5. krisy
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    krisy Senior Member

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    Sounds good except for the Tylenol. I know it's should be o.k. if you take the right dose,and I will take it on occasion,but it doesn't work too well. I refuse to give it to my kids after seeing a story about a mom that accidentally gave her daughter too much and the girl died within a day or two. I like Ibuprofen myself-it works great!!!
     
  6. Joz
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    Joz Senior Member

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    Tylenol or the eqivilent builds up in your system. It shouldn't be taken any closer than the 4 hour reccomendation.
     
  7. dilloduck
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    dilloduck Diamond Member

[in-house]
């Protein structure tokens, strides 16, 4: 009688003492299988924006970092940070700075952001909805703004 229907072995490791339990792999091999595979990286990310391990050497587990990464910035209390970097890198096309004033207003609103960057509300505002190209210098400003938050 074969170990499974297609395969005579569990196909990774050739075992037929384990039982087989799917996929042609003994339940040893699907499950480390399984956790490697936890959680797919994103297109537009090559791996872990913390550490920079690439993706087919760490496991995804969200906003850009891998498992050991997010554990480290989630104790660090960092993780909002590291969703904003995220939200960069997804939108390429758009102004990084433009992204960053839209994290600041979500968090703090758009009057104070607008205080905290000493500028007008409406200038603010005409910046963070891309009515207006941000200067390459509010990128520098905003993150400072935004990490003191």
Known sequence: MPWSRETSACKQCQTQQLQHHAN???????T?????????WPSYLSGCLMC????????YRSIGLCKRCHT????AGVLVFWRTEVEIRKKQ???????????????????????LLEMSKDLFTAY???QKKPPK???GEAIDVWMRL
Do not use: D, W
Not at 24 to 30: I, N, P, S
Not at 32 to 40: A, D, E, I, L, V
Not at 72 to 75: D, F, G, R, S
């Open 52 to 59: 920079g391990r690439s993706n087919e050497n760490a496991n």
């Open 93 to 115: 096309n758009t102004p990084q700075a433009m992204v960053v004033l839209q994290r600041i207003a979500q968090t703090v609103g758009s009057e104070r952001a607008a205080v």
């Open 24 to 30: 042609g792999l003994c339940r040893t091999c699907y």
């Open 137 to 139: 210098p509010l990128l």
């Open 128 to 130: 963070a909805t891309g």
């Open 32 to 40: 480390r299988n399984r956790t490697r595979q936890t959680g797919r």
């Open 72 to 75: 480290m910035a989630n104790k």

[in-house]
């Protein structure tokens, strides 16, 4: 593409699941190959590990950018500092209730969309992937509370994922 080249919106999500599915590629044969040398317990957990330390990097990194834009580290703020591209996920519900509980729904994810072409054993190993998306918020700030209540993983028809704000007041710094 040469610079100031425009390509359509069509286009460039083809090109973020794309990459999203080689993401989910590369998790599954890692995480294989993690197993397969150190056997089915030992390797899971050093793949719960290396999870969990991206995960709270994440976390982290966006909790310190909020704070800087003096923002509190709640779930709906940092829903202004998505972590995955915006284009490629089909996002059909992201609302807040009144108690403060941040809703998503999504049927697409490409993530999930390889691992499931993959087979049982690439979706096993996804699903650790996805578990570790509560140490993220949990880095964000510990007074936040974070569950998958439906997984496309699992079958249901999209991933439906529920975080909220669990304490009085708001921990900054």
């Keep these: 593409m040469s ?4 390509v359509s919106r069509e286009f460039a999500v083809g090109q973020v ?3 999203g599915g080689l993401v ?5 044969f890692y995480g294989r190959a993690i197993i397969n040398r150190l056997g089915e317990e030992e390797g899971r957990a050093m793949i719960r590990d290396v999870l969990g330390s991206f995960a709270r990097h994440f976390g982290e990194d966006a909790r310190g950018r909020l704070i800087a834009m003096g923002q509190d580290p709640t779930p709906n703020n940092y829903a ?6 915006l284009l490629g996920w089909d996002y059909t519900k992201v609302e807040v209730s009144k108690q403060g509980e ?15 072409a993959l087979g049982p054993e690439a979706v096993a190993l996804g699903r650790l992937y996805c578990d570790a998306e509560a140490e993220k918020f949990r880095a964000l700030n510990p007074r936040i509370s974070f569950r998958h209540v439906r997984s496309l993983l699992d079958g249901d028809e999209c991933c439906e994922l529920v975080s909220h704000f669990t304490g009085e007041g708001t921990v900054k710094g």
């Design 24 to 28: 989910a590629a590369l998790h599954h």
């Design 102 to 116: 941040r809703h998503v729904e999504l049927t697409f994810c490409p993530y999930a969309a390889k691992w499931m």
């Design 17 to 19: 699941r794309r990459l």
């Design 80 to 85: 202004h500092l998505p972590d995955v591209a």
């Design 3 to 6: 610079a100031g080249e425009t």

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    Wouldn't boob contests require some other " special " treatment?? :p:
     
  8. krisy
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    krisy Senior Member

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    Boob contests?!!!!! :teeth:
     
  9. dilloduck
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    dilloduck Diamond Member

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    LOL gonna have to ask Joz about that one ! :boobies:
     
  10. Joz
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    Joz Senior Member

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    Aaron ran sound for the Sonny Moorman Group when Sonny did The Easy Rider Tour. Aaron got quite the education around those biker events. They would hold contests such as 'The Wet T-Shirt'. One night a young lady took off her shirt but then wasn't allowed back up on stage, topless. Ah Ha! Aaron reached into his wallet, pulled out the bandaids, applied them to the nipples :D and back on stage she went.